When talking about the trance of unworthiness, I sometimes share this story:
A family went out to a restaurant for dinner. When the waitress arrived, the parents each gave their orders. Immediately, their 5-year-old daughter piped up with her own: "I'll have a hot dog, French fries and a Coke." "Oh no you won't," interjected the dad, and turning to the waitress, he said, "She'll have meatloaf, mashed potatoes, milk." Looking at the child with a smile, the waitress said, "So, hon, what do you want on that hot dog?" When she left, the family sat stunned and silent. A few moments later the little girl, eyes shining, said, "She thinks I'm real."
Most of the clients that come to see me are very aware of the qualities of an ideal parent. They know that when parents are genuinely present and loving, they offer their child a mirror for his or her goodness. Through this clear mirroring, a child develops a sense of security and trust early in life, as well as the capacity for spontaneity and intimacy with others.
When my clients examine their wounds, they recognize how, as children, they did not receive the love and understanding they yearned for. Furthermore, they are able to see in their relationships with their own children the ways they too fall short of the ideal -- how they can be inattentive, judgmental, angry and self-centered.
Our imperfect parents had imperfect parents of their own. Fears, insecurities and desires get passed along for generations. Parents want to see their offspring make it in ways that are important to them. Or they want their children to be special, which in our competitive culture means more intelligent, accomplished and attractive than other people. They see their children through filters of fear (they might not get into a good college and be successful) and filters of desire (will they reflect well on us?).
As messengers of our culture, parents usually convey to their children that anger and fear are bad, that their natural ways of expressing their wants and frustrations are unacceptable. In abusive situations, the message is, "You are bad, you are in the way, you are worthless." But even in less extreme situations, most of us learn that our desires, fears and views don't carry much weight, and that we need to be different and better if we are to belong.
The Buddha, who had his own imperfect, flawed parents, looked deeply into his own suffering more than 2,500 years ago, and his amazing insight was that all suffering or dissatisfaction arises from a mistaken understanding that we are a separate and distinct self. This perception of "selfness" imprisons us in endless rounds of craving and aversion. When our sense of being is confined in this way, we have forgotten the loving awareness that is our essence and that connects us with all of life.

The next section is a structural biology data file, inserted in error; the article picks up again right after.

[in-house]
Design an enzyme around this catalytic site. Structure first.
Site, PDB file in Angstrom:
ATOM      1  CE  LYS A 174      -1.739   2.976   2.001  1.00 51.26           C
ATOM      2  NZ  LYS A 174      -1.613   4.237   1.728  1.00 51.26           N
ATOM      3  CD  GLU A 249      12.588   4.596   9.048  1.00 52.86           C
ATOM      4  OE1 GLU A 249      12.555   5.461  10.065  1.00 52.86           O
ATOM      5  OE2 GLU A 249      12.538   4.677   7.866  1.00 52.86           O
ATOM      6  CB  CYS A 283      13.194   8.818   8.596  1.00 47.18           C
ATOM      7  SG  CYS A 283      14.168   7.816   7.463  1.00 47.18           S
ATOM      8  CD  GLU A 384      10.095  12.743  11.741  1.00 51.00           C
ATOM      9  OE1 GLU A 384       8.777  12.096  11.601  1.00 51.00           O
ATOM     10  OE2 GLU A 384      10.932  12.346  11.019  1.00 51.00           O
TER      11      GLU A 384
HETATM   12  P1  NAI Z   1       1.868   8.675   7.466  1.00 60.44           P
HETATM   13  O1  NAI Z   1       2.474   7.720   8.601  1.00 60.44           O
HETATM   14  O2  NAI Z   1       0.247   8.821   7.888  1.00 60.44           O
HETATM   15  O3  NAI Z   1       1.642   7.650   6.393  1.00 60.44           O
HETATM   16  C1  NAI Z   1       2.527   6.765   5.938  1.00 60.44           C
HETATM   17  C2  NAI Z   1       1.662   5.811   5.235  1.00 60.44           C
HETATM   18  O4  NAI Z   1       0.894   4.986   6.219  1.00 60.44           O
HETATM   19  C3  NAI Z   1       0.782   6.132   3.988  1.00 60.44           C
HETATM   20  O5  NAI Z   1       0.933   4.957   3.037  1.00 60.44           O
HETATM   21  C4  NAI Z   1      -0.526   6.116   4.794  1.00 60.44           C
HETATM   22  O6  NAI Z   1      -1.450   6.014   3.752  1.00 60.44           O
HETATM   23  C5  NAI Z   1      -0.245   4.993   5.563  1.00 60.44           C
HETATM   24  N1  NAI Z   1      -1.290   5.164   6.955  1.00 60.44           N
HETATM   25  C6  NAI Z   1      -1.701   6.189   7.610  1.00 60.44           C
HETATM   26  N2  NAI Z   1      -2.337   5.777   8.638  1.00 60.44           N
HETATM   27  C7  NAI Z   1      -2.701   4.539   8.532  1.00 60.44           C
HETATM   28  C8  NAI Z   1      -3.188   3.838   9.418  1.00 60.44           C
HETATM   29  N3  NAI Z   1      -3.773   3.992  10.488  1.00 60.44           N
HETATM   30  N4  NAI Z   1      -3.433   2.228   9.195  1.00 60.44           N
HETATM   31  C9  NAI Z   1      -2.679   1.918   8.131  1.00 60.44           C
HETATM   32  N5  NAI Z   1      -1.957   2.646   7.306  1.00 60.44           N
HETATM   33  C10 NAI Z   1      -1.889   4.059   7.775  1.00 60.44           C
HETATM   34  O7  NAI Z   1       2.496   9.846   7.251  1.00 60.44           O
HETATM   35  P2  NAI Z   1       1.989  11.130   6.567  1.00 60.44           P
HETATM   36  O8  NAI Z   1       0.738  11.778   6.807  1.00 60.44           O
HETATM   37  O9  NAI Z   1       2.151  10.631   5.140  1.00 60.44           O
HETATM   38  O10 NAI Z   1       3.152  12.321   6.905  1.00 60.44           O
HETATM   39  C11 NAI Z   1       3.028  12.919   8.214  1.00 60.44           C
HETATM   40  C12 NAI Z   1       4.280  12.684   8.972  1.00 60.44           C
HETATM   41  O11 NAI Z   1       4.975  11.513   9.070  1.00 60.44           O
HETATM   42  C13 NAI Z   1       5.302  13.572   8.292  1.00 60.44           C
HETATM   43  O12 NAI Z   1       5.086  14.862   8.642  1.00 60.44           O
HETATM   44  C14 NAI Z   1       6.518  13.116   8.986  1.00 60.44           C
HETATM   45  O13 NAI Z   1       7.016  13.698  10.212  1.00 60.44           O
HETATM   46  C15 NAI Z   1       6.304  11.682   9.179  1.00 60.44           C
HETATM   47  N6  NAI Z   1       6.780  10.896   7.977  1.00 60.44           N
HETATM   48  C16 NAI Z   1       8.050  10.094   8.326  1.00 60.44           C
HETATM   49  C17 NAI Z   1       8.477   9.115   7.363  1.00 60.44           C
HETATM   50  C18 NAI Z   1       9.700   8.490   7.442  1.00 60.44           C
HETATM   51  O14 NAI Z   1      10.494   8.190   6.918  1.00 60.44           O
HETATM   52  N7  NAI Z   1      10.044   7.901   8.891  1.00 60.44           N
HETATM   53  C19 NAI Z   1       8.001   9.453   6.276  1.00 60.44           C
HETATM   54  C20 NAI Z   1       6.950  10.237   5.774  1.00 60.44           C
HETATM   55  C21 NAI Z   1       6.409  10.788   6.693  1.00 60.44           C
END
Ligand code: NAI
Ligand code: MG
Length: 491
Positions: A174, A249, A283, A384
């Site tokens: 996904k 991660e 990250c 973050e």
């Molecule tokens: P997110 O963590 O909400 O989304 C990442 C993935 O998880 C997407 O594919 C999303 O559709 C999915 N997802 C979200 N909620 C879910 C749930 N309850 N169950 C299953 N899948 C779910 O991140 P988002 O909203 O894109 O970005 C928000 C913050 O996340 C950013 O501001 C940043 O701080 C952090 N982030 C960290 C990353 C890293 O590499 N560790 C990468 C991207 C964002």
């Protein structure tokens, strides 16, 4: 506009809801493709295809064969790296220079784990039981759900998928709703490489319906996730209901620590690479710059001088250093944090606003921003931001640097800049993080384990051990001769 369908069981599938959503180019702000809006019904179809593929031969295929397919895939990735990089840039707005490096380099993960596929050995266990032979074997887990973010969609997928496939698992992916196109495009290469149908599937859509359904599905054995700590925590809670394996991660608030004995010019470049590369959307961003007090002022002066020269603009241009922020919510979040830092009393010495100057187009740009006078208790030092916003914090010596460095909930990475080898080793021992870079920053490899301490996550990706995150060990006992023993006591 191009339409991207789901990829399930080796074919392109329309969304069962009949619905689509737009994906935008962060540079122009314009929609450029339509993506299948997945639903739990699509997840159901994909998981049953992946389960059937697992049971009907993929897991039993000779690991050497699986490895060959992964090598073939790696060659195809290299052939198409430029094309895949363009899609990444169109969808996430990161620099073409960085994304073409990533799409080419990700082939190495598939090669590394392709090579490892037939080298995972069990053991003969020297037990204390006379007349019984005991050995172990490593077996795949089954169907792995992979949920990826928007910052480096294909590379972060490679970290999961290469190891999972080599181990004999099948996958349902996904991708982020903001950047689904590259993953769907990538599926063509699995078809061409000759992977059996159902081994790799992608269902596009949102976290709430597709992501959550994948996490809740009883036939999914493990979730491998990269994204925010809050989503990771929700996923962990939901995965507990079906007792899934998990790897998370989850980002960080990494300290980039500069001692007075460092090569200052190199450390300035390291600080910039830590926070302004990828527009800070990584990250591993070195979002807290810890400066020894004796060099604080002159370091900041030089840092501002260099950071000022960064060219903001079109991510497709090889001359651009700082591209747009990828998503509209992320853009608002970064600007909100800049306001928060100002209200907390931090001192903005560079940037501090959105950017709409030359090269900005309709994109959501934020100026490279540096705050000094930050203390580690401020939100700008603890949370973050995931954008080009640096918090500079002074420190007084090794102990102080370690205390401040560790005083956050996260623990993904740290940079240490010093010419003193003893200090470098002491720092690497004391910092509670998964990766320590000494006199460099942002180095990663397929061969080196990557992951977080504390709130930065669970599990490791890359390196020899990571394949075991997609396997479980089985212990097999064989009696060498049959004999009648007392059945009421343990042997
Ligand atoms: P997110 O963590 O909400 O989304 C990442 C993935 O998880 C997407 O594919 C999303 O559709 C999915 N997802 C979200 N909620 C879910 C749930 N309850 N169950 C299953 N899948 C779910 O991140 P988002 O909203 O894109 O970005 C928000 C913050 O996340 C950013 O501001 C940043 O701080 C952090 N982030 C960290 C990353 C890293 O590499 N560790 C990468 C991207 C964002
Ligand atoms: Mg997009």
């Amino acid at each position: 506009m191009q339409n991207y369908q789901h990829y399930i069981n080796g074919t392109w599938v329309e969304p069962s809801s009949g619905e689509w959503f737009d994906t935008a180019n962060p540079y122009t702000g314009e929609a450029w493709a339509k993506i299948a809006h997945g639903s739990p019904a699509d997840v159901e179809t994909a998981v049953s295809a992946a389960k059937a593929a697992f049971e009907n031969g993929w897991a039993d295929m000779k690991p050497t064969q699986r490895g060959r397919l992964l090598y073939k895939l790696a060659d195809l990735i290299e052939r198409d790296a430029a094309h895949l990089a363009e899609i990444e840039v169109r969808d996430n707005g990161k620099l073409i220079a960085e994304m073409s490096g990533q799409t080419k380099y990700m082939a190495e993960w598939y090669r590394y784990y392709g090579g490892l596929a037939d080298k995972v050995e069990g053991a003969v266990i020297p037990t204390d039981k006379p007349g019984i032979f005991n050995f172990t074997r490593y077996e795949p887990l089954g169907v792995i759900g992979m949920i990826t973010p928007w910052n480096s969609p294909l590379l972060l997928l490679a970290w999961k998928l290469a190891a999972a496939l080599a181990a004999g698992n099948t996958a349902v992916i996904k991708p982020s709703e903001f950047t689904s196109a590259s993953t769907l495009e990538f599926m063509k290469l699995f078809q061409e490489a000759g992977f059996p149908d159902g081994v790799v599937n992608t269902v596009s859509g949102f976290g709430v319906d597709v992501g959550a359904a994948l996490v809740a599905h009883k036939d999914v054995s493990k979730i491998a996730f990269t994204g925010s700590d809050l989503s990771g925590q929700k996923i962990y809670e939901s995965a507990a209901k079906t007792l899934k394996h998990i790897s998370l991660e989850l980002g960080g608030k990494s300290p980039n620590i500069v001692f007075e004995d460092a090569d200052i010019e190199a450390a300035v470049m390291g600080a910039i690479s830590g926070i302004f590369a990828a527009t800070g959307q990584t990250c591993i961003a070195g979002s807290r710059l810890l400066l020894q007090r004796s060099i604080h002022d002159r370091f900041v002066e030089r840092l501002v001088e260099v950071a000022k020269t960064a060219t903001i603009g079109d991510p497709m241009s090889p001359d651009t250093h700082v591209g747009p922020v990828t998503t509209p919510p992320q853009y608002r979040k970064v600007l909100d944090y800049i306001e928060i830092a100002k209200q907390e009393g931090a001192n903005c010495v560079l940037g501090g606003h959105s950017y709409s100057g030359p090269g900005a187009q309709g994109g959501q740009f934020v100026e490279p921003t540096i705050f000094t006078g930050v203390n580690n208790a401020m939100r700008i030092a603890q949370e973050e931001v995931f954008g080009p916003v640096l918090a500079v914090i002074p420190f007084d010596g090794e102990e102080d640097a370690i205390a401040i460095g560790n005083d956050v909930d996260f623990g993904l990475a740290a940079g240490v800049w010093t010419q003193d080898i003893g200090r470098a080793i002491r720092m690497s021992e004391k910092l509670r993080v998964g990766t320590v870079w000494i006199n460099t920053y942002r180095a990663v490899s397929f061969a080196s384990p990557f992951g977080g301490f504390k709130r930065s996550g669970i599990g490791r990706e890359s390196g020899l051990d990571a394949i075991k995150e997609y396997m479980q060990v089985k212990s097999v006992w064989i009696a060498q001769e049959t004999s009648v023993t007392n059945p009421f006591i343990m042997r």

What we experience as the "self" is actually an aggregate of familiar thoughts, emotions and patterns of behavior. The mind binds these together, creating a story about a personal, individual entity that has continuity through time. Everything we experience is subsumed into this story of self and becomes my experience. "I am afraid," "This is my desire."
The Thai meditation master and writer Ajahn Buddhadasa refers to this habit of attaching a sense of self to our experience as "I-ing" and "my-ing." We interpret everything we think and feel, and everything that happens to us, as in some way belonging to or caused by a self.
Our most habitual and compelling feelings and thoughts define the core of who we think we are. If we are caught in the trance of unworthiness, we experience that core as flawed. When we take life personally by "I-ing" and "my-ing," the universal sense that "something is wrong" easily solidifies into "something is wrong with me."
It's sometimes helpful to remember that wanting and fearing are actually natural energies, part of evolution's design to protect us and help us to thrive. But what happens when our caretakers and larger society react to these emotions and fail to mirror our essential goodness? What if others fail to see we are real? In these life circumstances, our wants and fears become the core of our identity, and we lose sight of the fullness of our being. We become identified with, at best, only a sliver of our natural being -- a sliver that perceives itself as incomplete, at risk and separate from the rest of the world.
If our sense of who we are is defined by feelings of neediness and insecurity, we forget that we are also curious, humorous and caring. We forget about the breath that is nourishing us, the love that unites us, the enormous beauty and fragility that is our shared experience in being alive. Most basically, we forget the pure awareness, the radiant wakefulness that is our Buddha nature.
Here is a short talk on the topic titled: "Behind the Mask."
Adapted from Radical Acceptance (2003).
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